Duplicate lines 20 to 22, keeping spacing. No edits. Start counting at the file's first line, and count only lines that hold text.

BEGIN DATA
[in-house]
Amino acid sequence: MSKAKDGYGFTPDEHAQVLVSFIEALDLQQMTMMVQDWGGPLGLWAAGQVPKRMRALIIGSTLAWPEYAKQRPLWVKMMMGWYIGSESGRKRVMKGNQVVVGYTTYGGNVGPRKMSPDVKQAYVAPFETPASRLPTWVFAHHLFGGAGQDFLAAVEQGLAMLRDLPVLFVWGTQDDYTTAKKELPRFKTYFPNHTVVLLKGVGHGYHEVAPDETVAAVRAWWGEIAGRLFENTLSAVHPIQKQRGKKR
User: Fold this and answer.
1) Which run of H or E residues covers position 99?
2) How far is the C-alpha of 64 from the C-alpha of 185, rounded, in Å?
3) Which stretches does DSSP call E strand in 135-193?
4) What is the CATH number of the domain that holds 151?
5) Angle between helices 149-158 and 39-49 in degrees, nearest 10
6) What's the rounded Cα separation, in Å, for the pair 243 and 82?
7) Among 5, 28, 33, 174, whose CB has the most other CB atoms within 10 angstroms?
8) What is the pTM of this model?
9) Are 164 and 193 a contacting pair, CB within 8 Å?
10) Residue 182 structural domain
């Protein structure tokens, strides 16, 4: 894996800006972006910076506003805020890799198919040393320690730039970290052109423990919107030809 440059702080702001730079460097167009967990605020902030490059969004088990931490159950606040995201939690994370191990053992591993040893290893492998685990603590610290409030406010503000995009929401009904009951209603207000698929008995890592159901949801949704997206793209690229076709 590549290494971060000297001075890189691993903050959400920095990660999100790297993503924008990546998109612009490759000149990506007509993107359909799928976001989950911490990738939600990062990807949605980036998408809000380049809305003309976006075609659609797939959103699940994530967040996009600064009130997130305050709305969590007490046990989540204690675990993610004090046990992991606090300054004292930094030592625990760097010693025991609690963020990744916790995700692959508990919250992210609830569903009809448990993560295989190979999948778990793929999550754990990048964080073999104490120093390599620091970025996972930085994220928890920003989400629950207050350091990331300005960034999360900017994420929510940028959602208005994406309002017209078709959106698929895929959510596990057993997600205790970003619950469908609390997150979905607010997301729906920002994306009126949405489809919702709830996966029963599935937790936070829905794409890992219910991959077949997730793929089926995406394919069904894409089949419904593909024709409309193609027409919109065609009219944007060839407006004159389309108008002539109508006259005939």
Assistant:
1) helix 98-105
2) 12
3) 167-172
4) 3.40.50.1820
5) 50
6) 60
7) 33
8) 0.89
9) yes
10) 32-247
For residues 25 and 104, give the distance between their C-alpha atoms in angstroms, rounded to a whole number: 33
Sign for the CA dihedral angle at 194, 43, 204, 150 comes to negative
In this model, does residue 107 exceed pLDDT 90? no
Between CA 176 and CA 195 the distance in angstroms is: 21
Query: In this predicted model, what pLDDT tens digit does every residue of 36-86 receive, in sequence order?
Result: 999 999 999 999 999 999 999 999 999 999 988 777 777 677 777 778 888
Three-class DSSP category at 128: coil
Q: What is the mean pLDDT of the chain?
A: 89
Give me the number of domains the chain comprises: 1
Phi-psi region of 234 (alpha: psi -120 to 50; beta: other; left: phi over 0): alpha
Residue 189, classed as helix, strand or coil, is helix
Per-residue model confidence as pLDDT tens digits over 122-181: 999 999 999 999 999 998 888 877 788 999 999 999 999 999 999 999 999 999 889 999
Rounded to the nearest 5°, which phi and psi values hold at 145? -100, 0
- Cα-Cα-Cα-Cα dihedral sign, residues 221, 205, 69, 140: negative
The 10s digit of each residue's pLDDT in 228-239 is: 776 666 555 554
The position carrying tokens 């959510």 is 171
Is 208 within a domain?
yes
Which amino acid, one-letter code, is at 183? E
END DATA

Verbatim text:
5) 50
6) 60
7) 33